Everything All of the Time: Goals and Chronos

There is a moment in Dr Debra Kidd’s ‘Becoming Mobius’ where a year seven student, Neil, is asked by Debra to tell a classroom full of parents what it is that he has learned about immigration and multiculturalism from a new curriculum model that has been recently implemented. There is a long pause, and while other students excitedly raise their hands to answer the question, and Debra feels the rising imagined voices of the parents as they shift uncomfortably and want to stop the seeming endless void of time that is being presented by Neil’s silence, there is a very particular sense of ‘big time’ that passes into resolution as Neil finally speaks and provides a wonderfully wise response that then sets into motion a series of responses from other students that secures the success of the question and the event. It feels like within the two poles of language spoken, first by Debra’s question and then with Neil’s answer, there is a period of palpable time that envelops everything that has ever happened or will happen in education. In this silence, the truth is the whole, it is Hegel’s concrete universal, that which ‘with undimmed clearness finds itself at home in its antithesis’. In this case, within the silence there is all the noise of what we might be trying to do when we consider the education of young people. 

As I approach the new school year here in Australia, in the school I work in where we focus on the education of children on the autism spectrum, I am taken to consider the notion of time and the privilege that inhabits us in being able to experience shared time with the students and families that we work with across the year. This idea of ‘across the year’ guides so much of what we do, from weighing up Hattie's notion of ‘one year’s progress for one year’s input’ against the bigger picture of exactly what ‘one year’ in the life of a child actually contains, to all of the Individual Education Plan goals that we frame robustly to arch across a year, to then be divided in half for half-yearly reporting, and then divided in half again for quarterly updates, and then divided again, and again, until the race between the goal and the lived experience of the child starts to feel a whole lot like Zeno’s paradox of Achilles and the tortoise, where Achilles tries to overtake the tortoise, or at least catch up to the tortoise, but every time Achilles reaches the position the tortoise last was, the tortoise has since moved on, leaving Achilles with still more distance to cover, forever.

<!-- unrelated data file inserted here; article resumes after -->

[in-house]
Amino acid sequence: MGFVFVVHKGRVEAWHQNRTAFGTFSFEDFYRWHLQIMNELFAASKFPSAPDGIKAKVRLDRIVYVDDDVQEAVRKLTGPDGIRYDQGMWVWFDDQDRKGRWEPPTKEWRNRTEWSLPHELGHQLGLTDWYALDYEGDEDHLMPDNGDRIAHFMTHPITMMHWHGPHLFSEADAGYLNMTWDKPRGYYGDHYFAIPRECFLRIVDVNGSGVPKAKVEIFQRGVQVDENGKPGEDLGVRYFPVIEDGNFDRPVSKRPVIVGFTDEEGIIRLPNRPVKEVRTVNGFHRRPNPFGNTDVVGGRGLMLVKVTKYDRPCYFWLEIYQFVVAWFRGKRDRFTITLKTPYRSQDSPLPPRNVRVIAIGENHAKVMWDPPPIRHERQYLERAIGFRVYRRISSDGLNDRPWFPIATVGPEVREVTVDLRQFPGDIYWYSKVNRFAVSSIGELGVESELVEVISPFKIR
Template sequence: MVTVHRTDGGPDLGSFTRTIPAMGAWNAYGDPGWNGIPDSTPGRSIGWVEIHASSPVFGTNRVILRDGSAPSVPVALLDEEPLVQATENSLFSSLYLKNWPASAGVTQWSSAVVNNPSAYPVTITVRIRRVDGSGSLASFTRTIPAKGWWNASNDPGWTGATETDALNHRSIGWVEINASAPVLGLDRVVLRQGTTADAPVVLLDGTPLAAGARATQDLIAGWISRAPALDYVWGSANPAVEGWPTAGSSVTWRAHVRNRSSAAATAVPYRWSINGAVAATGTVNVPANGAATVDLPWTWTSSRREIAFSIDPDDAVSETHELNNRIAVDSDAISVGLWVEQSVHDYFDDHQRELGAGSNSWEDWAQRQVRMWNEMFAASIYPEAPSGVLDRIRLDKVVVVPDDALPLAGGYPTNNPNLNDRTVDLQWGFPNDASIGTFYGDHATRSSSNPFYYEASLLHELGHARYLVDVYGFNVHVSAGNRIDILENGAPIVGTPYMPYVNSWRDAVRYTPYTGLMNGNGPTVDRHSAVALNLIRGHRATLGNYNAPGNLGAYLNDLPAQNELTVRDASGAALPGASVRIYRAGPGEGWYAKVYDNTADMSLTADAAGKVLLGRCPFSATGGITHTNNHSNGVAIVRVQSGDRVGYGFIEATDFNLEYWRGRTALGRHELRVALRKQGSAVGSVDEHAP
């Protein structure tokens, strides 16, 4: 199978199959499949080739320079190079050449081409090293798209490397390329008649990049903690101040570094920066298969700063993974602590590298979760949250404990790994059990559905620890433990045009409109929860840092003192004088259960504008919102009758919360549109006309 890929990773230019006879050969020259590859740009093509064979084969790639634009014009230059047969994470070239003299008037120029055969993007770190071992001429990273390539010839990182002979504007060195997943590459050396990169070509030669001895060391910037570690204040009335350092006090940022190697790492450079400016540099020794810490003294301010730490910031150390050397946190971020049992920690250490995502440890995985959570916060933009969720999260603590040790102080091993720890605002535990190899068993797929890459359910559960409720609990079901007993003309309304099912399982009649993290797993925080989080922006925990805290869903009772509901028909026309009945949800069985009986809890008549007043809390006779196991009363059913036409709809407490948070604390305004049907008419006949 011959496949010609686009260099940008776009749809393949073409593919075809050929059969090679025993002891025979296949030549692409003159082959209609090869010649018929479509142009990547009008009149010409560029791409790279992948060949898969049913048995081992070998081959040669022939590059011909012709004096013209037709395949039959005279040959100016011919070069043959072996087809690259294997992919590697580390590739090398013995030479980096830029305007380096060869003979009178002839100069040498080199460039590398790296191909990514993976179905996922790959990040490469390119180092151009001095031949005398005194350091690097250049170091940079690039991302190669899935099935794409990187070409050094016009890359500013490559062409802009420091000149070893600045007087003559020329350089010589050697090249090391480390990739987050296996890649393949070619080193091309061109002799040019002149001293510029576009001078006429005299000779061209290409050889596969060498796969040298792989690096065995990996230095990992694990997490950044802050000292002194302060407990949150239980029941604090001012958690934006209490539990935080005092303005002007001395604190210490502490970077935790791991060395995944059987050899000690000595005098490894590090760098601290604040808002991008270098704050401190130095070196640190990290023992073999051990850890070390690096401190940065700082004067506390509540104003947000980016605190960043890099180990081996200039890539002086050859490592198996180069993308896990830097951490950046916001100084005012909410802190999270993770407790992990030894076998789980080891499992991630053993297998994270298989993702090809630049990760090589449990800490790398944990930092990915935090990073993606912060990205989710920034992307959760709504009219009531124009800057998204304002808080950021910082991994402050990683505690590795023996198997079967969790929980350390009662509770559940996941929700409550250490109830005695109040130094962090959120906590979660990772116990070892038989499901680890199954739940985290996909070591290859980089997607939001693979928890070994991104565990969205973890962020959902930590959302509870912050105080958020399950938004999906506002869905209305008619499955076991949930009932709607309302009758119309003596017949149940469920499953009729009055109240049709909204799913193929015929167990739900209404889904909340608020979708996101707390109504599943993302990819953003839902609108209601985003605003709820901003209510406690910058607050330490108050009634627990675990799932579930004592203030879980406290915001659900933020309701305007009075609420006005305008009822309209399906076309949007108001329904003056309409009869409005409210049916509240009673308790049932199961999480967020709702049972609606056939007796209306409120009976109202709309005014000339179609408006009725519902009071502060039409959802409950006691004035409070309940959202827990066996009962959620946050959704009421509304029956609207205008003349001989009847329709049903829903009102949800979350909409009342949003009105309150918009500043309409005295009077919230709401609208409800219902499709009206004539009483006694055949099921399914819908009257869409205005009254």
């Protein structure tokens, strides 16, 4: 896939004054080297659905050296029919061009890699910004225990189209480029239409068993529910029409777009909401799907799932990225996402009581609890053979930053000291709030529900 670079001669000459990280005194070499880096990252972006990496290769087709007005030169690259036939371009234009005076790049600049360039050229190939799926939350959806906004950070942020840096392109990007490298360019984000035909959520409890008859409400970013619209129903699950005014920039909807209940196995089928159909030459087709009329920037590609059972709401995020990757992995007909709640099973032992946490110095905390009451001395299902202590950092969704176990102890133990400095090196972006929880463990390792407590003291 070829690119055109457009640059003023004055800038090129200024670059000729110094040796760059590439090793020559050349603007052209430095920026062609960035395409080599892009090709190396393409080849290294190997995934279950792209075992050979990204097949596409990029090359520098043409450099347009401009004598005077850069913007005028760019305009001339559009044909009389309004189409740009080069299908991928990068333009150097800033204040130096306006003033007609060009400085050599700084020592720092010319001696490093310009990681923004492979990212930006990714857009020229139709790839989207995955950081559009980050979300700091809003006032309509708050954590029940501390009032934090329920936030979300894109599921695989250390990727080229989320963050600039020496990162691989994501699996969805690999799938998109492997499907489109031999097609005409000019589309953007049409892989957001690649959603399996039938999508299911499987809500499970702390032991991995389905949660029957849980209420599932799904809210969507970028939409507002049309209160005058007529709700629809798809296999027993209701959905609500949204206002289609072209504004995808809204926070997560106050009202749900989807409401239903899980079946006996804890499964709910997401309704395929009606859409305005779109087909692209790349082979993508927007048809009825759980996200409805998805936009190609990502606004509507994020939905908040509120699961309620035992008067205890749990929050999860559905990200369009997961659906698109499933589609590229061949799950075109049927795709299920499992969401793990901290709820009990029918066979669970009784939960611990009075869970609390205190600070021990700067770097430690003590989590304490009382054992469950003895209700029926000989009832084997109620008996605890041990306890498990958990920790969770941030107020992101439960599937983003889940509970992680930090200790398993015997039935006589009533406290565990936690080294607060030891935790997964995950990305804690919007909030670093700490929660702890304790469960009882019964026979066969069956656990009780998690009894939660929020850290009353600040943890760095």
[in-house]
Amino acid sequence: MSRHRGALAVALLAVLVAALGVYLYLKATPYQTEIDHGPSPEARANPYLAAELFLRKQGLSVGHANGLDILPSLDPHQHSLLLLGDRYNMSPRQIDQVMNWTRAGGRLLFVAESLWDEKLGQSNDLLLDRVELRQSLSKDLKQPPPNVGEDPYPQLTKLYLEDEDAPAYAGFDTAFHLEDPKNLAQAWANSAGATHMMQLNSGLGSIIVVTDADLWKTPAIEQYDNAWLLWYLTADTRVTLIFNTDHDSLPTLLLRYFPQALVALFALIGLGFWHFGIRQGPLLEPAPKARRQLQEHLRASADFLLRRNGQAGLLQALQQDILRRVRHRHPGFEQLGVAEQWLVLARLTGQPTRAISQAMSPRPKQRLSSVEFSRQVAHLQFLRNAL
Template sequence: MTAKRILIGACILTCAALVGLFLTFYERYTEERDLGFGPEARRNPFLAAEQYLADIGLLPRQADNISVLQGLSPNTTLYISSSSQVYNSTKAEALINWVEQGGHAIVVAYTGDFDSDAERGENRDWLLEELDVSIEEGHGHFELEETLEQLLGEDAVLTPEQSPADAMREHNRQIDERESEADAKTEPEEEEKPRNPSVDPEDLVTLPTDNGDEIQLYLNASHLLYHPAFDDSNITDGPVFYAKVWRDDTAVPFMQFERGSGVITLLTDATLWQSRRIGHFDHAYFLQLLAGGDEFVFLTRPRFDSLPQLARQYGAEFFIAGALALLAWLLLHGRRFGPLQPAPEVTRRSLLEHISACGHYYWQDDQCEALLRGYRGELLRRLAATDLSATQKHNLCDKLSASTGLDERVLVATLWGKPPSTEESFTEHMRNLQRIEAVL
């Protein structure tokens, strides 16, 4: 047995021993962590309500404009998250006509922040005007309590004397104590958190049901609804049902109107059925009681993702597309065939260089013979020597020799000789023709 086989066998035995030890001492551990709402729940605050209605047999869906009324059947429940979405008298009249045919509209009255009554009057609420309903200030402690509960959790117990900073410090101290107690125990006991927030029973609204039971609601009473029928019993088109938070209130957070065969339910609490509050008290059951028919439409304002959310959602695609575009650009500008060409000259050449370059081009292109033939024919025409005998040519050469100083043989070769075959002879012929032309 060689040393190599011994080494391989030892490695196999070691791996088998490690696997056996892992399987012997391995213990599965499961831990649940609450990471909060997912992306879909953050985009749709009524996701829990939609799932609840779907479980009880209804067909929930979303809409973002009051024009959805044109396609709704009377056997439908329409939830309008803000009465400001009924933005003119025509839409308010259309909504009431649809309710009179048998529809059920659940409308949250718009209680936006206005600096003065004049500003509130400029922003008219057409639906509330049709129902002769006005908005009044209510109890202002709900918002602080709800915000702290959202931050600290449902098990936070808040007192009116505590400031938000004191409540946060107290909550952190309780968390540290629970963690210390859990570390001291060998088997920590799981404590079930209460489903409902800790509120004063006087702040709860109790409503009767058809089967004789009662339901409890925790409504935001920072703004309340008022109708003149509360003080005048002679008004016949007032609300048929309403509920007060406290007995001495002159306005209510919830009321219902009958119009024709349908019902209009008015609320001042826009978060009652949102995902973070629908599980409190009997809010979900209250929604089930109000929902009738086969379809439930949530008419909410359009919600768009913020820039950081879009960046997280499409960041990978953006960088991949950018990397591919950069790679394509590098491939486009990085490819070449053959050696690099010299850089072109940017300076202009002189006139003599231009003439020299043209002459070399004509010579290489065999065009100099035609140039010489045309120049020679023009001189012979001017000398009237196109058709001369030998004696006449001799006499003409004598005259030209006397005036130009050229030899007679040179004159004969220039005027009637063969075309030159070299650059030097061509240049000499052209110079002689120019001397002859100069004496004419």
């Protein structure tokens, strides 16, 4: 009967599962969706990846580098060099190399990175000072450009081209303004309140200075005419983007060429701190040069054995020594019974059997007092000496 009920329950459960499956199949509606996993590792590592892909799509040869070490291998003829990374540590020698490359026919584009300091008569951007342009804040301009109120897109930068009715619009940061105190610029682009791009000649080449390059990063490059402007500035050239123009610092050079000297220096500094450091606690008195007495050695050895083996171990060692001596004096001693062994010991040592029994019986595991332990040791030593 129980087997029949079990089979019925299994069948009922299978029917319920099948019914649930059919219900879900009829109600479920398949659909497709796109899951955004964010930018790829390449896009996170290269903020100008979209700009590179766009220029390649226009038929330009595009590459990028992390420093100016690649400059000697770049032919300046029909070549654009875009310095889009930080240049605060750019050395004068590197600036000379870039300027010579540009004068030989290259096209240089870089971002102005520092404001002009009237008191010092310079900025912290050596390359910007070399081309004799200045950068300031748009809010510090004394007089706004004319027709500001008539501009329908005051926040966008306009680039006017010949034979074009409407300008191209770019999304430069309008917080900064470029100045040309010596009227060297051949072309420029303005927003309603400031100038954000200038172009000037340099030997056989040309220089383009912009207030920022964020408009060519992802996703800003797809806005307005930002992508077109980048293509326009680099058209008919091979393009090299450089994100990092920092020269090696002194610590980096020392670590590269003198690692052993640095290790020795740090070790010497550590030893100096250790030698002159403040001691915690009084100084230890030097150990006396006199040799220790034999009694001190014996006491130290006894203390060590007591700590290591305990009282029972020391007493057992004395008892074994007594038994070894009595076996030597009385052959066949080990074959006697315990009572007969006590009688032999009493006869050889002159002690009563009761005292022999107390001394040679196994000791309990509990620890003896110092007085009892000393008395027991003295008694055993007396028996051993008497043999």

We talk about time very seriously - in special education we place a huge importance on the notion of early intervention, certainly with regards to autism we focus on starting our therapeutic education as soon as possible so as to address communication, social, emotional, sensory and processing needs at the earliest possible stage, and from there we set our Individual Education Plan goals across the year as infinitely divisible signposts, before establishing a pedagogy of Learning for Life, for the life to come when our students are no longer with our school, when they have moved on to other educational spaces or beyond educational spaces altogether. All of these periods of time are critical periods where we understand our need to maximise the impact of what we do at every tick of the clock.

In Debra Kidd’s two books, ‘Becoming Mobius’ and ‘Teaching: Notes from the front line’, the Deleuzian notion of chronos and aion time is presented as a way of interrogating these periods that guide us. With aion time we are considering a constant division of the present into both the past and the future, where every instance of present is forever being split into what has been and what is to come, explicitly guided by public space and linear equations of milestones and benchmarks. In chronos time however, we are experiencing a sense of time that Debra refers to as ‘affect time’, which is, in her words, ‘a sense that now matters and that becoming requires being watchful’. There is a temptation here to frame this as a timeless sense of time, only because considering the chronos in relation to aionion time is to consider a time void of the concrete markers on the social clock in front of the eyes of an averagerian witness that does not have room for the sort of phenomenological elasticity that chronos allows for.